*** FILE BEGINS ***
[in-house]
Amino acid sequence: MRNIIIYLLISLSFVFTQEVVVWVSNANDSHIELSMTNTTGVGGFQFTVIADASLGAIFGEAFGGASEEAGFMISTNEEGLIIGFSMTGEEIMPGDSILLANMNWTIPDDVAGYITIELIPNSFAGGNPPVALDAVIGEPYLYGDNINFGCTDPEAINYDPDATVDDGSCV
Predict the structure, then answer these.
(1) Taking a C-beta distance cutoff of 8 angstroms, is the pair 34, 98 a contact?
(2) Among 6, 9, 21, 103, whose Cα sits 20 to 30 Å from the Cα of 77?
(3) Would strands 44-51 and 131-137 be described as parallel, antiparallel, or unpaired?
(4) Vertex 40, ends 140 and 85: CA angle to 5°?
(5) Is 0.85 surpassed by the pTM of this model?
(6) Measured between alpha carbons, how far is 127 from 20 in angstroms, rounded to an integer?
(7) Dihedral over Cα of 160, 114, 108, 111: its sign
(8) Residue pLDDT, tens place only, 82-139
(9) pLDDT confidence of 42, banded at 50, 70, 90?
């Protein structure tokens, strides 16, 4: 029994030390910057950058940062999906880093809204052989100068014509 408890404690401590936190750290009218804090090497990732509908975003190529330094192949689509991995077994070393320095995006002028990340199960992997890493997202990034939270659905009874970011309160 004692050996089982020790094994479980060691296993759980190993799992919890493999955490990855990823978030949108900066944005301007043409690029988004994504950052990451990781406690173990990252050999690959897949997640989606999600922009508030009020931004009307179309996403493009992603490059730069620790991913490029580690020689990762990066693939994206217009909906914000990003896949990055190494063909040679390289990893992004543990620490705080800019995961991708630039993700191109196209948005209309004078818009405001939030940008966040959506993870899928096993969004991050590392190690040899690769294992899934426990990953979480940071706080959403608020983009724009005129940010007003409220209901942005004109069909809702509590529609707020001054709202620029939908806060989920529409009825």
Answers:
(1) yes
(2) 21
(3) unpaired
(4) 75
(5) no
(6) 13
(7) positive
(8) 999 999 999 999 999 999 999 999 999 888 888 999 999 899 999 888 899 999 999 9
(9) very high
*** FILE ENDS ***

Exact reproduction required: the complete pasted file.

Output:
[in-house]
Amino acid sequence: MRNIIIYLLISLSFVFTQEVVVWVSNANDSHIELSMTNTTGVGGFQFTVIADASLGAIFGEAFGGASEEAGFMISTNEEGLIIGFSMTGEEIMPGDSILLANMNWTIPDDVAGYITIELIPNSFAGGNPPVALDAVIGEPYLYGDNINFGCTDPEAINYDPDATVDDGSCV
Predict the structure, then answer these.
(1) Taking a C-beta distance cutoff of 8 angstroms, is the pair 34, 98 a contact?
(2) Among 6, 9, 21, 103, whose Cα sits 20 to 30 Å from the Cα of 77?
(3) Would strands 44-51 and 131-137 be described as parallel, antiparallel, or unpaired?
(4) Vertex 40, ends 140 and 85: CA angle to 5°?
(5) Is 0.85 surpassed by the pTM of this model?
(6) Measured between alpha carbons, how far is 127 from 20 in angstroms, rounded to an integer?
(7) Dihedral over Cα of 160, 114, 108, 111: its sign
(8) Residue pLDDT, tens place only, 82-139
(9) pLDDT confidence of 42, banded at 50, 70, 90?
């Protein structure tokens, strides 16, 4: 029994030390910057950058940062999906880093809204052989100068014509 408890404690401590936190750290009218804090090497990732509908975003190529330094192949689509991995077994070393320095995006002028990340199960992997890493997202990034939270659905009874970011309160 004692050996089982020790094994479980060691296993759980190993799992919890493999955490990855990823978030949108900066944005301007043409690029988004994504950052990451990781406690173990990252050999690959897949997640989606999600922009508030009020931004009307179309996403493009992603490059730069620790991913490029580690020689990762990066693939994206217009909906914000990003896949990055190494063909040679390289990893992004543990620490705080800019995961991708630039993700191109196209948005209309004078818009405001939030940008966040959506993870899928096993969004991050590392190690040899690769294992899934426990990953979480940071706080959403608020983009724009005129940010007003409220209901942005004109069909809702509590529609707020001054709202620029939908806060989920529409009825």
Answers:
(1) yes
(2) 21
(3) unpaired
(4) 75
(5) no
(6) 13
(7) positive
(8) 999 999 999 999 999 999 999 999 999 888 888 999 999 899 999 888 899 999 999 9
(9) very high